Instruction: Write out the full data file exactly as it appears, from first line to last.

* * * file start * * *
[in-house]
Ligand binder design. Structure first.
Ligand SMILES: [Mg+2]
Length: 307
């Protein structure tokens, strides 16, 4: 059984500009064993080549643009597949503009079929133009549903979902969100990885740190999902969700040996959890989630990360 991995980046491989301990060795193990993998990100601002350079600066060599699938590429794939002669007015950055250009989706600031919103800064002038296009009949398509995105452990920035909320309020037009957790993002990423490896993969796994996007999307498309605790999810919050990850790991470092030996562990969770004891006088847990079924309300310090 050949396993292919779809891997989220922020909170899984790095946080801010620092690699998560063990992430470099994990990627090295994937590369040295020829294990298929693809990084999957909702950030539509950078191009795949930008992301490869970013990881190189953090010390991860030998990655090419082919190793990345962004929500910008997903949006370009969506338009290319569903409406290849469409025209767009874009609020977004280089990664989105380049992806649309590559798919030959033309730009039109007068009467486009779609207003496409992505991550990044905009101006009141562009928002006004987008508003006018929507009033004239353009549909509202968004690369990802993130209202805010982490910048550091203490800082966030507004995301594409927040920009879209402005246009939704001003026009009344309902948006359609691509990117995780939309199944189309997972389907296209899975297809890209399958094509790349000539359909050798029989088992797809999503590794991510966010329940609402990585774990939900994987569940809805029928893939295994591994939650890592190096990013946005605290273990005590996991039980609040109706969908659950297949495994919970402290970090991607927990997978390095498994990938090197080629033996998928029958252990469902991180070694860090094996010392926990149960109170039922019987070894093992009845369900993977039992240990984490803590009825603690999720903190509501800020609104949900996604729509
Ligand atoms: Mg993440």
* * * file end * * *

[in-house]
Ligand binder design. Structure first.
Ligand SMILES: [Mg+2]
Length: 307
């Protein structure tokens, strides 16, 4: 059984500009064993080549643009597949503009079929133009549903979902969100990885740190999902969700040996959890989630990360 991995980046491989301990060795193990993998990100601002350079600066060599699938590429794939002669007015950055250009989706600031919103800064002038296009009949398509995105452990920035909320309020037009957790993002990423490896993969796994996007999307498309605790999810919050990850790991470092030996562990969770004891006088847990079924309300310090 050949396993292919779809891997989220922020909170899984790095946080801010620092690699998560063990992430470099994990990627090295994937590369040295020829294990298929693809990084999957909702950030539509950078191009795949930008992301490869970013990881190189953090010390991860030998990655090419082919190793990345962004929500910008997903949006370009969506338009290319569903409406290849469409025209767009874009609020977004280089990664989105380049992806649309590559798919030959033309730009039109007068009467486009779609207003496409992505991550990044905009101006009141562009928002006004987008508003006018929507009033004239353009549909509202968004690369990802993130209202805010982490910048550091203490800082966030507004995301594409927040920009879209402005246009939704001003026009009344309902948006359609691509990117995780939309199944189309997972389907296209899975297809890209399958094509790349000539359909050798029989088992797809999503590794991510966010329940609402990585774990939900994987569940809805029928893939295994591994939650890592190096990013946005605290273990005590996991039980609040109706969908659950297949495994919970402290970090991607927990997978390095498994990938090197080629033996998928029958252990469902991180070694860090094996010392926990149960109170039922019987070894093992009845369900993977039992240990984490803590009825603690999720903190509501800020609104949900996604729509
Ligand atoms: Mg993440």